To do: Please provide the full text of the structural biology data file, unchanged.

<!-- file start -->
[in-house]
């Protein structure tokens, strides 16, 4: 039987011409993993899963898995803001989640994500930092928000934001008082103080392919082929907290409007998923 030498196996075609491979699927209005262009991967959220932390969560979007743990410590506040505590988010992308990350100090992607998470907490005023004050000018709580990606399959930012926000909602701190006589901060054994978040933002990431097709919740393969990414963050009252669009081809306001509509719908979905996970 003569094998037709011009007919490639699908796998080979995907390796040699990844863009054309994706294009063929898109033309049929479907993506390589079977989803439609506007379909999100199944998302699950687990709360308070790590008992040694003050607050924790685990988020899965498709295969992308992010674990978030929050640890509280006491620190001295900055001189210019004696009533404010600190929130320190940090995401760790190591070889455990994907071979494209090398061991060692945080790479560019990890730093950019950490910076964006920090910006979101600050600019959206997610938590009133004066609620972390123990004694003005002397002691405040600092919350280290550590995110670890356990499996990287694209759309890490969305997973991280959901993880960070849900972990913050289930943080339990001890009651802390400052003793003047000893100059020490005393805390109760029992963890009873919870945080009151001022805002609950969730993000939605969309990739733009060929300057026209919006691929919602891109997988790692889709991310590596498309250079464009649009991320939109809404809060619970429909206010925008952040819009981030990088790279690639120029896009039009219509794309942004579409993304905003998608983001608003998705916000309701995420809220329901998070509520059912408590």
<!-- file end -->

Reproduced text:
[in-house]
């Protein structure tokens, strides 16, 4: 039987011409993993899963898995803001989640994500930092928000934001008082103080392919082929907290409007998923 030498196996075609491979699927209005262009991967959220932390969560979007743990410590506040505590988010992308990350100090992607998470907490005023004050000018709580990606399959930012926000909602701190006589901060054994978040933002990431097709919740393969990414963050009252669009081809306001509509719908979905996970 003569094998037709011009007919490639699908796998080979995907390796040699990844863009054309994706294009063929898109033309049929479907993506390589079977989803439609506007379909999100199944998302699950687990709360308070790590008992040694003050607050924790685990988020899965498709295969992308992010674990978030929050640890509280006491620190001295900055001189210019004696009533404010600190929130320190940090995401760790190591070889455990994907071979494209090398061991060692945080790479560019990890730093950019950490910076964006920090910006979101600050600019959206997610938590009133004066609620972390123990004694003005002397002691405040600092919350280290550590995110670890356990499996990287694209759309890490969305997973991280959901993880960070849900972990913050289930943080339990001890009651802390400052003793003047000893100059020490005393805390109760029992963890009873919870945080009151001022805002609950969730993000939605969309990739733009060929300057026209919006691929919602891109997988790692889709991310590596498309250079464009649009991320939109809404809060619970429909206010925008952040819009981030990088790279690639120029896009039009219509794309942004579409993304905003998608983001608003998705916000309701995420809220329901998070509520059912408590």